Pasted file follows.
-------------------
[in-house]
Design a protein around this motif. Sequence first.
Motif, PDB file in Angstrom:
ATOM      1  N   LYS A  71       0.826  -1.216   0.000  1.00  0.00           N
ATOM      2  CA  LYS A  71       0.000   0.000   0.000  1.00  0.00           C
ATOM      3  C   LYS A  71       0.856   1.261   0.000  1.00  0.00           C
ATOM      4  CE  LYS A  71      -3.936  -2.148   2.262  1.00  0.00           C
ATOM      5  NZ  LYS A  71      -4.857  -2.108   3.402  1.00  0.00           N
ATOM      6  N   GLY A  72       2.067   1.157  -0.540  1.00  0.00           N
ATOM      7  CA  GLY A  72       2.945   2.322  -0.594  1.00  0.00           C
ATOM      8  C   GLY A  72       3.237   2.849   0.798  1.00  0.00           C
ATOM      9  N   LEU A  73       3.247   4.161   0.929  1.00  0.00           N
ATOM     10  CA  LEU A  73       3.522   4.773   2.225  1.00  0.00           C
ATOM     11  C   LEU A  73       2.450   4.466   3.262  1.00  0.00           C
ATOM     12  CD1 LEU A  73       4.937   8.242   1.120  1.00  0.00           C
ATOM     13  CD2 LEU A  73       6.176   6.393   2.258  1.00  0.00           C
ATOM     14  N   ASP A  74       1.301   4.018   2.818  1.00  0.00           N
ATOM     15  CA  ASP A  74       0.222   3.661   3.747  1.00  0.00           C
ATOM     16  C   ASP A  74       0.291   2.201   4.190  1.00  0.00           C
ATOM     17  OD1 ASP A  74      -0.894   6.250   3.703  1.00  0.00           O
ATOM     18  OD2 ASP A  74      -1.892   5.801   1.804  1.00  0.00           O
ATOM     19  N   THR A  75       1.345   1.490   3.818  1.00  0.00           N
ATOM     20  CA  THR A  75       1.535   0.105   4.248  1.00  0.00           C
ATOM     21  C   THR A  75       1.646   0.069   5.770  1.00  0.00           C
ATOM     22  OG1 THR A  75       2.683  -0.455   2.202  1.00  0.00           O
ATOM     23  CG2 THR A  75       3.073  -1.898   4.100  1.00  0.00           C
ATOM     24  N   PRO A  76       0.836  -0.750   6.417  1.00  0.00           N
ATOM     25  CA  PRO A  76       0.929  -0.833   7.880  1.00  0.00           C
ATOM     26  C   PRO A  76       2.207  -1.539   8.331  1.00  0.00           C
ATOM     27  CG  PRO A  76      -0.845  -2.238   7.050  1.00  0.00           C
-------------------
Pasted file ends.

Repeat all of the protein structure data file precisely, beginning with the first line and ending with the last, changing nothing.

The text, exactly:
[in-house]
Design a protein around this motif. Sequence first.
Motif, PDB file in Angstrom:
ATOM      1  N   LYS A  71       0.826  -1.216   0.000  1.00  0.00           N
ATOM      2  CA  LYS A  71       0.000   0.000   0.000  1.00  0.00           C
ATOM      3  C   LYS A  71       0.856   1.261   0.000  1.00  0.00           C
ATOM      4  CE  LYS A  71      -3.936  -2.148   2.262  1.00  0.00           C
ATOM      5  NZ  LYS A  71      -4.857  -2.108   3.402  1.00  0.00           N
ATOM      6  N   GLY A  72       2.067   1.157  -0.540  1.00  0.00           N
ATOM      7  CA  GLY A  72       2.945   2.322  -0.594  1.00  0.00           C
ATOM      8  C   GLY A  72       3.237   2.849   0.798  1.00  0.00           C
ATOM      9  N   LEU A  73       3.247   4.161   0.929  1.00  0.00           N
ATOM     10  CA  LEU A  73       3.522   4.773   2.225  1.00  0.00           C
ATOM     11  C   LEU A  73       2.450   4.466   3.262  1.00  0.00           C
ATOM     12  CD1 LEU A  73       4.937   8.242   1.120  1.00  0.00           C
ATOM     13  CD2 LEU A  73       6.176   6.393   2.258  1.00  0.00           C
ATOM     14  N   ASP A  74       1.301   4.018   2.818  1.00  0.00           N
ATOM     15  CA  ASP A  74       0.222   3.661   3.747  1.00  0.00           C
ATOM     16  C   ASP A  74       0.291   2.201   4.190  1.00  0.00           C
ATOM     17  OD1 ASP A  74      -0.894   6.250   3.703  1.00  0.00           O
ATOM     18  OD2 ASP A  74      -1.892   5.801   1.804  1.00  0.00           O
ATOM     19  N   THR A  75       1.345   1.490   3.818  1.00  0.00           N
ATOM     20  CA  THR A  75       1.535   0.105   4.248  1.00  0.00           C
ATOM     21  C   THR A  75       1.646   0.069   5.770  1.00  0.00           C
ATOM     22  OG1 THR A  75       2.683  -0.455   2.202  1.00  0.00           O
ATOM     23  CG2 THR A  75       3.073  -1.898   4.100  1.00  0.00           C
ATOM     24  N   PRO A  76       0.836  -0.750   6.417  1.00  0.00           N
ATOM     25  CA  PRO A  76       0.929  -0.833   7.880  1.00  0.00           C
ATOM     26  C   PRO A  76       2.207  -1.539   8.331  1.00  0.00           C
ATOM     27  CG  PRO A  76      -0.845  -2.238   7.050  1.00  0.00           C